Even though Sundararaj is the first Tamil Nadu footballer to feature in the Indian national football team (Krishnamurthy from Thanjavur had also played for India but represented Bengal in the nationals after shifting his base to join East Bengal), it is in Kerala, the neighbouring state, where he spent most of his professional career. After securing his coaching license at the NIS, Sundararaj quit his job in the Railways, to join as a ‘wing coach’ for NIS in Thiruvananthapuram. After a brief stint at the state capital, which according to the coach, was marred with politics, he shifted to Kochi, where he joined Fertilisers and Chemicals Travancore Limited (FACT) as a football team coach.
“It was a time when Kerala was peaking in football. All the public sector companies had excellent football teams and there were competitions across the state. Premier Tyres, FACT, Port Trust in Ernakulam district itself. Then there was Kerala Police in Thiruvananthapuram, We are talking about great teams here. Premier Tyres, for example, had India’s top two goalkeepers, Sethumadhavan and Victor Manjila playing for them at the same time,” recollects Sundararaj.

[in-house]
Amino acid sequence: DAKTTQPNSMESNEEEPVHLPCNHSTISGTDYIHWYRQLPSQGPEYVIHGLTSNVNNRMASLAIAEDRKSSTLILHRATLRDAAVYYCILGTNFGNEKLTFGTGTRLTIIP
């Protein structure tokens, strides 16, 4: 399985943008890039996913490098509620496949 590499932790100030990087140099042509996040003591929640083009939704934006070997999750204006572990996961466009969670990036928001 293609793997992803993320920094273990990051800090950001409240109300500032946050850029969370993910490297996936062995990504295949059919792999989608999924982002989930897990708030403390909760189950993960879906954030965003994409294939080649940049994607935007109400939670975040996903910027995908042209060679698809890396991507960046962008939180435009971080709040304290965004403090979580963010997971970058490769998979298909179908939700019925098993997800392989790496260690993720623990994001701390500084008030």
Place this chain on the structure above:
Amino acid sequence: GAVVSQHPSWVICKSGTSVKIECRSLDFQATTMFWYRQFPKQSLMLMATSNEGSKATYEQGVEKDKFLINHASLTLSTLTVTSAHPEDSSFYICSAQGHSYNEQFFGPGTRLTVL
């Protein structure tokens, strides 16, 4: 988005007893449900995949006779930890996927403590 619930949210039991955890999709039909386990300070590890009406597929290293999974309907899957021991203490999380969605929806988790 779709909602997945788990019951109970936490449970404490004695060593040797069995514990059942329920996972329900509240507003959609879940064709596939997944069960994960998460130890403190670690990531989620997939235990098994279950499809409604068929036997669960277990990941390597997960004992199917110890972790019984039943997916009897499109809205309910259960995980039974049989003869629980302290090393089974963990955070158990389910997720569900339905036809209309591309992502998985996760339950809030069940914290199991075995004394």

It was during his early days at FACT that Sundararaj was offered the opportunity to coach to the Kerala football team. The state had been given an opportunity to host its fifth Santosh trophy, with Ernakulam set to be the venue.
“Senior players had a big say in Kerala football. They dictated things and in some ways, prevented younger footballers. For the first time in Kerala’s history, I held an open trial and identified the Santosh trophy team from around 150 players who had turned up for the camps. A lot of these senior players missed out as we selected younger players”, he recollects.
Kerala went on to clinch the Santosh trophy which proved to be an inspiration for a generation of quality footballers who emerged from the state.